'They know they are not alone': Anti-mining activists connect-the-dots in Oaxaca, Mexico

Date of publication: 
25 January 2013

Between January 17th and 20th, nearly 500 activists from across Mexico, Central America and beyond, gathered in the Mexican mountain town of Capulálpam de Méndez, Oaxaca, to support a growing tide of resistance to the human and environmental impacts of the extractive industries in the region.

‘Yes to life! No to mining!,’ organized by the Oaxacan Collective for the Defence of Territories, was one of the largest anti-mining gatherings the region has seen, as local opposition to some of the many thousands of individual extractive projects in Mesoamerica has grown dramatically in recent years.

Canada in the hot seat

The perpetuation of violence against activists, the patterns of water and soil contamination around extraction sites, and the total disregard for the autonomy of indigenous communities, were as familiar to the Guatemalans, El Salvadorians and Hondurans, as they were to Mexican activists present. John Cutfeet, a guest from the KI Nation in Northern Ontario and active participant in the Idle No More movement, brought parallel stories from his own community.

When asked how the experience of a community in Northern Canada related to those of the people of Mesoamerica, he explained that indigenous peoples of the North and South “face similar experiences and similar tactics,” in which “companies and government … try to access lands and rob us of our birth rites to those lands.”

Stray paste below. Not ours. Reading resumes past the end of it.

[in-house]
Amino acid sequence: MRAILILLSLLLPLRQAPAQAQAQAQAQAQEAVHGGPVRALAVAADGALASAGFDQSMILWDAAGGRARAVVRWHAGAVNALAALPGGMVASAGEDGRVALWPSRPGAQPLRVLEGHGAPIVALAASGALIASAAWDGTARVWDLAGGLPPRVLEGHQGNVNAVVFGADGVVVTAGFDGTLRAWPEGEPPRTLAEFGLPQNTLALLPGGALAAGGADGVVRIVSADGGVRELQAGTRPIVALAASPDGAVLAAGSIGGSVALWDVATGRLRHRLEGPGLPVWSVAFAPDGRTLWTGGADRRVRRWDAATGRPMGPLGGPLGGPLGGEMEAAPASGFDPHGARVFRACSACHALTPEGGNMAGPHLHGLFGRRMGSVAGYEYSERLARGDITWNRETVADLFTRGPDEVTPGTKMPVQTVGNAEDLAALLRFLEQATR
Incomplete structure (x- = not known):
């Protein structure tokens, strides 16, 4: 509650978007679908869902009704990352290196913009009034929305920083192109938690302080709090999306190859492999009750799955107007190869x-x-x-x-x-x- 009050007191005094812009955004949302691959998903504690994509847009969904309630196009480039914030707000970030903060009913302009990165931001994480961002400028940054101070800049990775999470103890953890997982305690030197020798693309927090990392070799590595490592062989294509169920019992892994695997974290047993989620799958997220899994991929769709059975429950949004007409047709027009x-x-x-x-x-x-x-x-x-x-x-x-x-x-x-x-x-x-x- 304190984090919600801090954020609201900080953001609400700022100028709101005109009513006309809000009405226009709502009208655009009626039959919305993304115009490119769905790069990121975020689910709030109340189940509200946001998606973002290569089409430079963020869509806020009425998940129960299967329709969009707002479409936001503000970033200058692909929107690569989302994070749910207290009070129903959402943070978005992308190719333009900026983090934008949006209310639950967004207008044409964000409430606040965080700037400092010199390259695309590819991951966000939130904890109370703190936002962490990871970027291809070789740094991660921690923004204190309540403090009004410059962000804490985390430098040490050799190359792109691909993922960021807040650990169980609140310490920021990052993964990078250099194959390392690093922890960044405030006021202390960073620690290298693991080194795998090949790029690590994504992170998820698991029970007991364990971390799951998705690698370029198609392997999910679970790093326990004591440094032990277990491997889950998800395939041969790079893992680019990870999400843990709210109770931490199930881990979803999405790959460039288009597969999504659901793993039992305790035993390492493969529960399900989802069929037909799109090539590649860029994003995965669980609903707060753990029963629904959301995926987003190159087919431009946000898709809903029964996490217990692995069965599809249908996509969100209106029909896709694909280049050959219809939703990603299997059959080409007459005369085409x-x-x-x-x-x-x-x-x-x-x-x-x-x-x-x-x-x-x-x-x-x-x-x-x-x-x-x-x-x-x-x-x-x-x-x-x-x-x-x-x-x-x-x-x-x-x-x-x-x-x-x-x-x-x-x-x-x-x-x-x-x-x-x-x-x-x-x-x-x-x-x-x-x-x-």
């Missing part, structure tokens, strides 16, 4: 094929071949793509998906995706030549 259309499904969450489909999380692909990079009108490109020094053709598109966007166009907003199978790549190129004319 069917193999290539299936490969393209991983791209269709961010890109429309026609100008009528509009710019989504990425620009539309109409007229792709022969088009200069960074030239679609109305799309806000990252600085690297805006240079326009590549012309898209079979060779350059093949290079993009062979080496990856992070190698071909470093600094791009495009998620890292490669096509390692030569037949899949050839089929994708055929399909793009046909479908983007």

And while Cutfeet’s contributions were received with great enthusiasm, Canadian companies received a consistently strong rebuke throughout the weekend’s events. Delegates and speakers also criticized the Canadian government, and the Canadian Ambassador to Mexico, specifically, for playing an active role in promoting policies abroad which favoured Canadian mining interests at the expense of indigenous communities, human rights and the environment.

According to Canada’s Department for Foreign Affairs and International Trade (DFAIT), more than 75 per cent of the world’s mining companies are Canadian-based. William Sacher and Alain Deneault, in their 2012 exposé on Canadian mining, Imperial Canada, Inc., argue that so many extractive companies choose to make Canada their home due to a combination of preferential tax loopholes, minimal legal recourse against the actions of Canadian companies abroad, and the unwavering support of government for the industry on the international stage.

The bloody cost of silver

Event attendees also heard from residents of another Oaxacan town, San José del Progreso, where two activists critical of the practices of Canadian-based Fortuna Silver Mines were murdered in 2012.

Rosalinda Dionicio from San José del Progreso attended the event in Capulálpam.

Dionicio received gunshot wounds in the leg in March of last year and still walks with a cane as a result of the attack. She is also the cousin of another anti-mining activist, Bernardo Vásquez Sánchez, one of the two community members murdered in 2012.